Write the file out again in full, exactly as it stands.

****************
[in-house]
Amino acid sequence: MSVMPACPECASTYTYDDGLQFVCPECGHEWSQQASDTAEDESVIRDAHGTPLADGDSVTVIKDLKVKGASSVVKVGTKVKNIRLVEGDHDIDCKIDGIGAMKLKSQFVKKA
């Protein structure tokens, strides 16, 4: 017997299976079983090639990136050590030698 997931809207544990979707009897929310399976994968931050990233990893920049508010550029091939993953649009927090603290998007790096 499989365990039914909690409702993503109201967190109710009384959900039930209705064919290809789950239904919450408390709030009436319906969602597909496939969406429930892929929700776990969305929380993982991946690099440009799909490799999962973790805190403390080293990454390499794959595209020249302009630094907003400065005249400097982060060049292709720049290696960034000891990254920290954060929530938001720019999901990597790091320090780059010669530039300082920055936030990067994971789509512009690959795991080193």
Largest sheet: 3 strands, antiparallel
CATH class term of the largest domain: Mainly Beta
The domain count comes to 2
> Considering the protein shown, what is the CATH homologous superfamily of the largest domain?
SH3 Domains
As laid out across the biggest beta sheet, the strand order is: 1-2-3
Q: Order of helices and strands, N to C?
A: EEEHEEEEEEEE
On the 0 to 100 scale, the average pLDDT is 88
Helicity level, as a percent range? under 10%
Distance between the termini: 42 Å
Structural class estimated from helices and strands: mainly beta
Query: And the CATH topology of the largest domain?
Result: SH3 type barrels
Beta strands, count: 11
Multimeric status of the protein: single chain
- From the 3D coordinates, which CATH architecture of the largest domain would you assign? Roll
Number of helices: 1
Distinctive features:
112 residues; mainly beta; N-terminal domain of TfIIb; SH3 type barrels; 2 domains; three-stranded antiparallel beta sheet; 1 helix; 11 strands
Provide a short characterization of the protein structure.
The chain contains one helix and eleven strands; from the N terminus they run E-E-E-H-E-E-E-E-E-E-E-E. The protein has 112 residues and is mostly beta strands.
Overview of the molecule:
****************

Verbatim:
[in-house]
Amino acid sequence: MSVMPACPECASTYTYDDGLQFVCPECGHEWSQQASDTAEDESVIRDAHGTPLADGDSVTVIKDLKVKGASSVVKVGTKVKNIRLVEGDHDIDCKIDGIGAMKLKSQFVKKA
């Protein structure tokens, strides 16, 4: 017997299976079983090639990136050590030698 997931809207544990979707009897929310399976994968931050990233990893920049508010550029091939993953649009927090603290998007790096 499989365990039914909690409702993503109201967190109710009384959900039930209705064919290809789950239904919450408390709030009436319906969602597909496939969406429930892929929700776990969305929380993982991946690099440009799909490799999962973790805190403390080293990454390499794959595209020249302009630094907003400065005249400097982060060049292709720049290696960034000891990254920290954060929530938001720019999901990597790091320090780059010669530039300082920055936030990067994971789509512009690959795991080193």
Largest sheet: 3 strands, antiparallel
CATH class term of the largest domain: Mainly Beta
The domain count comes to 2
> Considering the protein shown, what is the CATH homologous superfamily of the largest domain?
SH3 Domains
As laid out across the biggest beta sheet, the strand order is: 1-2-3
Q: Order of helices and strands, N to C?
A: EEEHEEEEEEEE
On the 0 to 100 scale, the average pLDDT is 88
Helicity level, as a percent range? under 10%
Distance between the termini: 42 Å
Structural class estimated from helices and strands: mainly beta
Query: And the CATH topology of the largest domain?
Result: SH3 type barrels
Beta strands, count: 11
Multimeric status of the protein: single chain
- From the 3D coordinates, which CATH architecture of the largest domain would you assign? Roll
Number of helices: 1
Distinctive features:
112 residues; mainly beta; N-terminal domain of TfIIb; SH3 type barrels; 2 domains; three-stranded antiparallel beta sheet; 1 helix; 11 strands
Provide a short characterization of the protein structure.
The chain contains one helix and eleven strands; from the N terminus they run E-E-E-H-E-E-E-E-E-E-E-E. The protein has 112 residues and is mostly beta strands.
Overview of the molecule: